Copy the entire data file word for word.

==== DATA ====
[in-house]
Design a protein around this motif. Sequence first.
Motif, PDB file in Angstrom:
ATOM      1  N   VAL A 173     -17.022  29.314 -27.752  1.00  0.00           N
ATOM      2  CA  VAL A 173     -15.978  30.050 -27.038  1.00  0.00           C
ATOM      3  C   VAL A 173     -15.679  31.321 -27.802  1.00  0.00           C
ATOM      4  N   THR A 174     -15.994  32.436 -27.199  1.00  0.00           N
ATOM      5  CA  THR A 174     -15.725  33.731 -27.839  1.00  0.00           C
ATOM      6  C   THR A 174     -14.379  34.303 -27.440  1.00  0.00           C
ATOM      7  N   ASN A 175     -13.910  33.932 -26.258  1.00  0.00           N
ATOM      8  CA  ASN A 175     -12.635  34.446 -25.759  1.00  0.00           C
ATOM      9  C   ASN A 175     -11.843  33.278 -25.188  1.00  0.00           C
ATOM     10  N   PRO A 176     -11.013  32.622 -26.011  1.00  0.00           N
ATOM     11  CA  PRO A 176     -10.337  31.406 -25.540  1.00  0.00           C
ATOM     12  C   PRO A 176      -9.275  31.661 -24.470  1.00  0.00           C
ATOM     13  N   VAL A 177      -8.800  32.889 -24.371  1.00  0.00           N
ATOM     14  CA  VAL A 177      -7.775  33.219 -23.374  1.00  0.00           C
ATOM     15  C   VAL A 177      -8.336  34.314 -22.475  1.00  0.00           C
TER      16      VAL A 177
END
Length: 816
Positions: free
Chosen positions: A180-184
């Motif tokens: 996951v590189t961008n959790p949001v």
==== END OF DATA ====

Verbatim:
[in-house]
Design a protein around this motif. Sequence first.
Motif, PDB file in Angstrom:
ATOM      1  N   VAL A 173     -17.022  29.314 -27.752  1.00  0.00           N
ATOM      2  CA  VAL A 173     -15.978  30.050 -27.038  1.00  0.00           C
ATOM      3  C   VAL A 173     -15.679  31.321 -27.802  1.00  0.00           C
ATOM      4  N   THR A 174     -15.994  32.436 -27.199  1.00  0.00           N
ATOM      5  CA  THR A 174     -15.725  33.731 -27.839  1.00  0.00           C
ATOM      6  C   THR A 174     -14.379  34.303 -27.440  1.00  0.00           C
ATOM      7  N   ASN A 175     -13.910  33.932 -26.258  1.00  0.00           N
ATOM      8  CA  ASN A 175     -12.635  34.446 -25.759  1.00  0.00           C
ATOM      9  C   ASN A 175     -11.843  33.278 -25.188  1.00  0.00           C
ATOM     10  N   PRO A 176     -11.013  32.622 -26.011  1.00  0.00           N
ATOM     11  CA  PRO A 176     -10.337  31.406 -25.540  1.00  0.00           C
ATOM     12  C   PRO A 176      -9.275  31.661 -24.470  1.00  0.00           C
ATOM     13  N   VAL A 177      -8.800  32.889 -24.371  1.00  0.00           N
ATOM     14  CA  VAL A 177      -7.775  33.219 -23.374  1.00  0.00           C
ATOM     15  C   VAL A 177      -8.336  34.314 -22.475  1.00  0.00           C
TER      16      VAL A 177
END
Length: 816
Positions: free
Chosen positions: A180-184
């Motif tokens: 996951v590189t961008n959790p949001v």